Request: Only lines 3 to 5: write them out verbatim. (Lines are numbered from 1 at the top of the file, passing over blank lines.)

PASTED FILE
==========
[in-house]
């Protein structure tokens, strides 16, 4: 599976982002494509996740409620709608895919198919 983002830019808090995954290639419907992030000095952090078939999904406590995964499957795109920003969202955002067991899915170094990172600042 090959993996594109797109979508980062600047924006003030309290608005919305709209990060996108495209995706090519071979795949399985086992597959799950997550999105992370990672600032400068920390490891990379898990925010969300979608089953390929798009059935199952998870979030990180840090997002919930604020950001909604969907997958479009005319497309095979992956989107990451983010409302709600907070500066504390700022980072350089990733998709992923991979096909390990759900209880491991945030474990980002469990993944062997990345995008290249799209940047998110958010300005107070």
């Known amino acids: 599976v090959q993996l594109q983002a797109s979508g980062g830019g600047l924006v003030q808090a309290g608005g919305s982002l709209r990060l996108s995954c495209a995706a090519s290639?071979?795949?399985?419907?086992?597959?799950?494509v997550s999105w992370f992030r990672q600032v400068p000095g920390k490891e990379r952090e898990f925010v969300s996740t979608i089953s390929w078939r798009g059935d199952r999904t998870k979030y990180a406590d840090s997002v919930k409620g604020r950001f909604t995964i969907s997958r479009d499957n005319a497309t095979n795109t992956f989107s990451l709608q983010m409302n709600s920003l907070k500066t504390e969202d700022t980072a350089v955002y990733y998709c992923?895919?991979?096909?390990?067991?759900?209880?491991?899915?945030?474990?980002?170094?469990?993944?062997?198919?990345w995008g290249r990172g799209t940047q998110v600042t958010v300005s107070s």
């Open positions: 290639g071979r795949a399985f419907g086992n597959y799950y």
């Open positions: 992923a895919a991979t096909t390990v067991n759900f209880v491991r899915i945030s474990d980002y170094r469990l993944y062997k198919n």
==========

């Known amino acids: 599976v090959q993996l594109q983002a797109s979508g980062g830019g600047l924006v003030q808090a309290g608005g919305s982002l709209r990060l996108s995954c495209a995706a090519s290639?071979?795949?399985?419907?086992?597959?799950?494509v997550s999105w992370f992030r990672q600032v400068p000095g920390k490891e990379r952090e898990f925010v969300s996740t979608i089953s390929w078939r798009g059935d199952r999904t998870k979030y990180a406590d840090s997002v919930k409620g604020r950001f909604t995964i969907s997958r479009d499957n005319a497309t095979n795109t992956f989107s990451l709608q983010m409302n709600s920003l907070k500066t504390e969202d700022t980072a350089v955002y990733y998709c992923?895919?991979?096909?390990?067991?759900?209880?491991?899915?945030?474990?980002?170094?469990?993944?062997?198919?990345w995008g290249r990172g799209t940047q998110v600042t958010v300005s107070s």
């Open positions: 290639g071979r795949a399985f419907g086992n597959y799950y």
């Open positions: 992923a895919a991979t096909t390990v067991n759900f209880v491991r899915i945030s474990d980002y170094r469990l993944y062997k198919n």